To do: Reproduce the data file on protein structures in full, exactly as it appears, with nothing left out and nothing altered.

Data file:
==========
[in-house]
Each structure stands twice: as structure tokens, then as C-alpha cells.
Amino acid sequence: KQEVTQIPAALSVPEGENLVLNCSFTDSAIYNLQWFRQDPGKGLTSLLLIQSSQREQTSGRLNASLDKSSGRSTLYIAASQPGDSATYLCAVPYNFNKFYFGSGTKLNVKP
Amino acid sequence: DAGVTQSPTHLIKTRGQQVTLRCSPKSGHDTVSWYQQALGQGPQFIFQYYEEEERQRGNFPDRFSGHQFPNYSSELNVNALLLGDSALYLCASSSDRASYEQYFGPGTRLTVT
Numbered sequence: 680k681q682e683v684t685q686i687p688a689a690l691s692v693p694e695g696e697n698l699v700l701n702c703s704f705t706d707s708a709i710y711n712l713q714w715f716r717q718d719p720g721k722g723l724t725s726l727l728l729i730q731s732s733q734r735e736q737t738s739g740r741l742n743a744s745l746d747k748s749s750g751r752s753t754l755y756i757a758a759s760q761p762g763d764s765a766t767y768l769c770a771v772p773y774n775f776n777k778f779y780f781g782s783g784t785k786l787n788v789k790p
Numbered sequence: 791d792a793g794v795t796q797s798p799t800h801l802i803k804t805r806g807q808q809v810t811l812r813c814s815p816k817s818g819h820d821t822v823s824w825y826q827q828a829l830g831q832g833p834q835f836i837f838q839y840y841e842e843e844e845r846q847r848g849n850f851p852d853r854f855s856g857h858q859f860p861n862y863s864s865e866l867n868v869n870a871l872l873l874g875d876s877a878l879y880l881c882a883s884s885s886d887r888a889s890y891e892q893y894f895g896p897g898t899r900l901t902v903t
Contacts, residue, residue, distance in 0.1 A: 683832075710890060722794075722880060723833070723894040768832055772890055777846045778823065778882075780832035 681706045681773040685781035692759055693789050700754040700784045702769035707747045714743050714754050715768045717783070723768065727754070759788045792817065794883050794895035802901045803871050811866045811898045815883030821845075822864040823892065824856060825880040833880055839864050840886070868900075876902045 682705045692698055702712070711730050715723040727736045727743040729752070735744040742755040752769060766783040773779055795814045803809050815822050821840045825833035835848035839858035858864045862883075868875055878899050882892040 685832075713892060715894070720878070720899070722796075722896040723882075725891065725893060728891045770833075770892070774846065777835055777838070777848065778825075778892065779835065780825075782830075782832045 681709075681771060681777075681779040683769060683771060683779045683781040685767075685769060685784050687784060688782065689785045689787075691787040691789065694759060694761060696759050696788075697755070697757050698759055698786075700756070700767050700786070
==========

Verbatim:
[in-house]
Each structure stands twice: as structure tokens, then as C-alpha cells.
Amino acid sequence: KQEVTQIPAALSVPEGENLVLNCSFTDSAIYNLQWFRQDPGKGLTSLLLIQSSQREQTSGRLNASLDKSSGRSTLYIAASQPGDSATYLCAVPYNFNKFYFGSGTKLNVKP
Amino acid sequence: DAGVTQSPTHLIKTRGQQVTLRCSPKSGHDTVSWYQQALGQGPQFIFQYYEEEERQRGNFPDRFSGHQFPNYSSELNVNALLLGDSALYLCASSSDRASYEQYFGPGTRLTVT
Numbered sequence: 680k681q682e683v684t685q686i687p688a689a690l691s692v693p694e695g696e697n698l699v700l701n702c703s704f705t706d707s708a709i710y711n712l713q714w715f716r717q718d719p720g721k722g723l724t725s726l727l728l729i730q731s732s733q734r735e736q737t738s739g740r741l742n743a744s745l746d747k748s749s750g751r752s753t754l755y756i757a758a759s760q761p762g763d764s765a766t767y768l769c770a771v772p773y774n775f776n777k778f779y780f781g782s783g784t785k786l787n788v789k790p
Numbered sequence: 791d792a793g794v795t796q797s798p799t800h801l802i803k804t805r806g807q808q809v810t811l812r813c814s815p816k817s818g819h820d821t822v823s824w825y826q827q828a829l830g831q832g833p834q835f836i837f838q839y840y841e842e843e844e845r846q847r848g849n850f851p852d853r854f855s856g857h858q859f860p861n862y863s864s865e866l867n868v869n870a871l872l873l874g875d876s877a878l879y880l881c882a883s884s885s886d887r888a889s890y891e892q893y894f895g896p897g898t899r900l901t902v903t
Contacts, residue, residue, distance in 0.1 A: 683832075710890060722794075722880060723833070723894040768832055772890055777846045778823065778882075780832035 681706045681773040685781035692759055693789050700754040700784045702769035707747045714743050714754050715768045717783070723768065727754070759788045792817065794883050794895035802901045803871050811866045811898045815883030821845075822864040823892065824856060825880040833880055839864050840886070868900075876902045 682705045692698055702712070711730050715723040727736045727743040729752070735744040742755040752769060766783040773779055795814045803809050815822050821840045825833035835848035839858035858864045862883075868875055878899050882892040 685832075713892060715894070720878070720899070722796075722896040723882075725891065725893060728891045770833075770892070774846065777835055777838070777848065778825075778892065779835065780825075782830075782832045 681709075681771060681777075681779040683769060683771060683779045683781040685767075685769060685784050687784060688782065689785045689787075691787040691789065694759060694761060696759050696788075697755070697757050698759055698786075700756070700767050700786070